"There are no specific plans to sell our share in Sony BMG."

That was the response given by Bertelsmann CFO Thomas Rabe who, together with his colleague Hartmuth Ostrowski, the German media giant's CEO, spoke with Billboard.biz today in Berlin during the presentation of the group's 2007 financial results.

On the same query over the future for the Sony BMG alliance, Ostrowski chimed in with a handful of scenarios. "We might take over 100%, or sell our 50% to Sony so that they have 100% or we might continue the joint venture," he said. "All three outcomes are possible."

Bertelsmann and Sony's five-year retention period for the joint venture is due to expire in the summer of next year. "However, that doesn't mean that we then have to really do anything. Instead, it has to be decided by a partner. In the meantime, we will continue to develop our business jointly," says Rabe.

"We have good relations with our partner Sony and consensus on the strategy, and we see in our business a significant option value, particularly in the development of new digital business models," Rabe added.

Bertelsmann's BMG division saw a 46.2% drop in operating earnings before interest and tax (EBIT) to €93 million ($146 million), and the division registered a 27.8% decline in revenue to €1.5 billion ($2.3 billion). The shortfall, Bertelsmann claims, is primarily as a result of the sale of the BMG Music Publishing unit.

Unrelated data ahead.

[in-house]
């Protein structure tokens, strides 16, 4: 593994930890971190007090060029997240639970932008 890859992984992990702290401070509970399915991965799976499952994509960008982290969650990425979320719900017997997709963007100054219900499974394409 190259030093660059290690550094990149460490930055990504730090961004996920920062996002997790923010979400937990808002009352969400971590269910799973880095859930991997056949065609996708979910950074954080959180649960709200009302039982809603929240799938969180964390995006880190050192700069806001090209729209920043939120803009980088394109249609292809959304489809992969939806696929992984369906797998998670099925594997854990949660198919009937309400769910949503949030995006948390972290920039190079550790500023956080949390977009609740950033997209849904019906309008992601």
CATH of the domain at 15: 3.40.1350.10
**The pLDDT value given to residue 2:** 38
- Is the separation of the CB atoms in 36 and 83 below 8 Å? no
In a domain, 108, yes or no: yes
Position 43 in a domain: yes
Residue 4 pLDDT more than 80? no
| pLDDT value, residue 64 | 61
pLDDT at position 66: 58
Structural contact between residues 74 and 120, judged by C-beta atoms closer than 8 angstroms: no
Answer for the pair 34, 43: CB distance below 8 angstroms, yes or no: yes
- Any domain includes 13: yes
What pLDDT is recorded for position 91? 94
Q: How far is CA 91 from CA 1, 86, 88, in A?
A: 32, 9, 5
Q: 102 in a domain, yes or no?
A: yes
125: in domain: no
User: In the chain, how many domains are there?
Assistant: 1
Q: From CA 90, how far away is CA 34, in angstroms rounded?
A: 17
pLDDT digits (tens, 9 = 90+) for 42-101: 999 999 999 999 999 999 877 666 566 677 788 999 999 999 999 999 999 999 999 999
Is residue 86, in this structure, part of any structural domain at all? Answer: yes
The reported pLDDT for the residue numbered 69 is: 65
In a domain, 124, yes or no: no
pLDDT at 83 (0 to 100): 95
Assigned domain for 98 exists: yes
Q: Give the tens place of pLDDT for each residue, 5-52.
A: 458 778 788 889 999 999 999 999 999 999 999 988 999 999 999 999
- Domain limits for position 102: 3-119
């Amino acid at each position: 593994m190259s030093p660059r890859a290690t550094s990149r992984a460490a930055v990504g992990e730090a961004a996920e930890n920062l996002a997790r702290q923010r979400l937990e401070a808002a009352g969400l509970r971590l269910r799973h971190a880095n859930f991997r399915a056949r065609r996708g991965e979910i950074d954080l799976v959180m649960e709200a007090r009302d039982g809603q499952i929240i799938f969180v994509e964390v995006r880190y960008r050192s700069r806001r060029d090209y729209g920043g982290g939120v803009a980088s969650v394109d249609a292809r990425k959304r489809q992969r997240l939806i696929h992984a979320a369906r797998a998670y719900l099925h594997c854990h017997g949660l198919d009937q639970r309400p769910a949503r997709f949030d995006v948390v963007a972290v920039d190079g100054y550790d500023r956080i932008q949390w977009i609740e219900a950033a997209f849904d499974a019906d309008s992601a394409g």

The market for physical media showed a 17% decline, which was "only partially offset" by 40% growth in digital formats, the company admits. Digital sales accounted for 17% of total revenues during the period.

Rabe, however, highlighted Sony BMG's slight like-for-like earnings rise. "We achieved this in very difficult market conditions," he says.

During the year, Bertelsmann recorded operating EBIT of €1.811 billion ($2.8 billion), against a record figure of €1.867 billion ($2.9 billion) in the previous year. Adjusted for portfolio measures and exchange rate movements, operating EBIT increased by 3.7%, the company claims.

The disposal of the group's music publishing operations and the weakness of the U.S. dollar, contributed to a 2.8% decline in consolidated revenues to €18.8 billion ($29 billion), while operating return on sales was 9.7%.